Legendary “South African” Toyota 2000GT restoration project proving a success

By Pritesh Ruthun Time of article published May 7, 2021

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JOHANNESBURG - Toyota’s 2000GT might not be the most sought after model as far as classic cars from the 1960s go. If you ask most people, it’s a Mustang that lit the fire for them, or some classic Italian exotic, perhaps an old school Ferrari. For me, it’s a Mustang; the ’67 Fastback of course and oddly enough, the roller-bearing Honda S600.

The Toyota 2000GT, however, is in fact extremely rare and when they do come up on auction or for sale, they fetch retina-searing high prices. In fact, this Toyota 2000GT from RM Sotheby’s sold for R10 million back in 2018.

At the beginning of March 2021, Toyota South Africa Motors made it known that it is in the process of restoring the crown jewel in its historic fleet, a highly battered 2000GT right here in Mzansi.


Restoring any classic car is a challenge in itself, but imagine restoring one that’s notoriously difficult to find parts for...This task would not be an easy one as there are very few spare parts available for models this rare, according to Toyota South Africa’s spokesmen.

1960s Toyota 2000GT undergoing fine-tooth restoration in South Africa

An announcement, however, that Toyota Gazoo Racing would be reproducing replacement parts for the Toyota 2000GT as well as the A70 and A80 Supra models, came with great relief, not only for Toyota South Africa but collectors worldwide.

According to Toyota’s spokesmen, this TGR project forms part of an initiative that will reproduce key replacement parts that were no longer available, and sell these genuine parts to customers who aspire to continue driving their cherished cars.

But obtaining the parts was just one part of the challenge, selecting a team that could take on the task of performing a complete nut and bolt restoration on the legendary 2000GT, was the second part.

Father and Son restoration team

The team that is heading up the 2000GT rejuvenation project is father-and-son duo Wynand Strydom Sr and Wynand Strydom Jr from Generation Old School Benoni. The pair are renowned restorers of Concours-winning Beetles and Microbuses, as well as American muscle cars such as Mustangs and Chargers. Neither of them, however, had ever seen a Toyota 2000GT in person before, much less had one in their shop.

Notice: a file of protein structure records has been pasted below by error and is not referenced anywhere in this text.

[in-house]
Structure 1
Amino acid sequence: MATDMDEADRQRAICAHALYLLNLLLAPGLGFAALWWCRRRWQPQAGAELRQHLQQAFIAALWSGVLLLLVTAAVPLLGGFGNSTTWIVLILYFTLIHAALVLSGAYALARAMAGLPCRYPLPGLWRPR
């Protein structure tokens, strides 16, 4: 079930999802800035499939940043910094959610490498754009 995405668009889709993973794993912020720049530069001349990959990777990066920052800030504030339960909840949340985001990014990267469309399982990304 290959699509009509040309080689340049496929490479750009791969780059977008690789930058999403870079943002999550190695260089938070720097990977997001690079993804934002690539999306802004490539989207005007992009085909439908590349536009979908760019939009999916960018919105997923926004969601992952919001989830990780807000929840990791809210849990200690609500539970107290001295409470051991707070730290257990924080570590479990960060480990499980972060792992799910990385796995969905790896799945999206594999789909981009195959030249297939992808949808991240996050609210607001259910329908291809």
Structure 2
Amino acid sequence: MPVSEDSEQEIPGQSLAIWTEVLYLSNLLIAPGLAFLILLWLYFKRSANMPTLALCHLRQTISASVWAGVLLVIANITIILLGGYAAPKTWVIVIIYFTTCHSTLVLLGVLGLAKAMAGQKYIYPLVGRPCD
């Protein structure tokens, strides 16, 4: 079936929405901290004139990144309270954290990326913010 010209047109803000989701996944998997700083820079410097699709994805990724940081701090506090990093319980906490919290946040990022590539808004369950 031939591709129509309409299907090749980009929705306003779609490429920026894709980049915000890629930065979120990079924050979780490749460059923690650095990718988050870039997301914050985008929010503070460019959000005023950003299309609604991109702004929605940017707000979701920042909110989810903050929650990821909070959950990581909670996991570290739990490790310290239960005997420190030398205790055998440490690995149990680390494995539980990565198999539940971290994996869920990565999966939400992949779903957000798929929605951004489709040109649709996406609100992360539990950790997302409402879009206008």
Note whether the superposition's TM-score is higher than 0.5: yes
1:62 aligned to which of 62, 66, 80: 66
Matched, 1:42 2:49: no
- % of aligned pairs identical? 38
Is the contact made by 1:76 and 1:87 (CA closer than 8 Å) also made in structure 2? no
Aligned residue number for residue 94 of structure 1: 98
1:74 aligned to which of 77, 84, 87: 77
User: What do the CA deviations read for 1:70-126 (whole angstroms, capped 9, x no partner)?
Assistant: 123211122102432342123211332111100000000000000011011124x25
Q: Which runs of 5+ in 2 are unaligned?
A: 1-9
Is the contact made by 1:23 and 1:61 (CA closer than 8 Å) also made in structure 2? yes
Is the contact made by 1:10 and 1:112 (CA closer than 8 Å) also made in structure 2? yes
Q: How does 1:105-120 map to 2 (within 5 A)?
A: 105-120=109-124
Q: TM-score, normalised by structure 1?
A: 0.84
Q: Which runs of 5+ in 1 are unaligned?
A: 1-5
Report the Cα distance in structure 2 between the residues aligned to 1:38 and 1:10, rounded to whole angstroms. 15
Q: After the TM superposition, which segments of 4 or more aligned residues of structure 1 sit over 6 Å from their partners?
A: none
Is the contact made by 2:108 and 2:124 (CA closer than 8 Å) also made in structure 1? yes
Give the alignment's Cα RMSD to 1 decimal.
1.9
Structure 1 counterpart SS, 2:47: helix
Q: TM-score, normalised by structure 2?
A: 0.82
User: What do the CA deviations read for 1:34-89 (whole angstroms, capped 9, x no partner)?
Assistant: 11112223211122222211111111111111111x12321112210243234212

Both are well versed in disassembling a vehicle and documenting each step of the way, nevertheless, and Toyota South Africa is extremely confident in the restoration lead’s abilities.

Restore rather than replace (where possible)

The team behind the restoration believes in the revival of parts rather than just replacing them. This not only preserves the value of the vehicle but the originality as well. Thankfully, Toyota South Africa provided Generation Old School with literature pertaining to the 2000GT, amongst which is a rather large book detailing every single process to disassemble the car and every part number.

Toyota 2000GT restoration playbook anyone?

It wasn’t long after the car arrived at Generation Old School that work began on dismantling the icon. Wynand Jr, who has taken the lead on the restoration, says that it has been a learning curve for everyone involved. Every nut and bolt needs to be removed with care as one might not be able to replace it.

The body has been separated from the chassis, which in itself is a rather special moment. Now, nearly 53 years after the marriage of the body and chassis, the two are once again apart, only to meet again when each has been completely restored. The fanatics reading this will remember that this car was co-engineered with Yamaha, so you know that it’s going to be solid even after all these years.


As for the chassis itself, Wynand Jr has confirmed that the overall condition of key components is good, with only minimal renewal work being needed. There are, however, other components that need to be completely refurbished or replaced. Four such items are the magnesium alloy wheels - which need special paint preparation and paint to restore them to their original colour.

On the interior front, the intricacies of the fascia make it stressful to remove items in the hopes that none break. The wood trim for example (which covers the entire centre console) is brittle and faded, it is also extremely thin. The chrome detailing cannot be bent when being removed and it is said that many of the wires are crumbling at the slightest touch.

Toyota 2000GT being stripped for full restoration in South Africa

The fact that the car is incredibly compact makes it even more difficult to work on and Wynand Jr has reported numerous bumps on his head due to this fact. That said, the team has managed to strip the entire interior and chassis down to the bare minimum.

All the individual components have been placed into small plastic bags, labelled and safely stored awaiting refurbishment. Both the body and the chassis has arrived at Dino’s Classic Restoration, which not only had to take out small dents and deformations, but focus on the most intricate of details to ensure accuracy.

Paint preparation is one of the most important aspects - not only to precisely match the original paint - but also because it was a key decision factor in this project. What colour should the 2000GT be? This is chassis number MF10-10207 and according to records, its original colour is listed as Thunder Silver, however, there are whispers that it should remain Solar Red.

Stay tuned for the next Chapter, as we delve into the auto-body works, unpack some details on the chassis refurbishment and more. Thanks to Toyota for sharing.

Interior details as well as more intricate restoration work is now underway on Toyota South Africa’s 2000GT in Johannesburg


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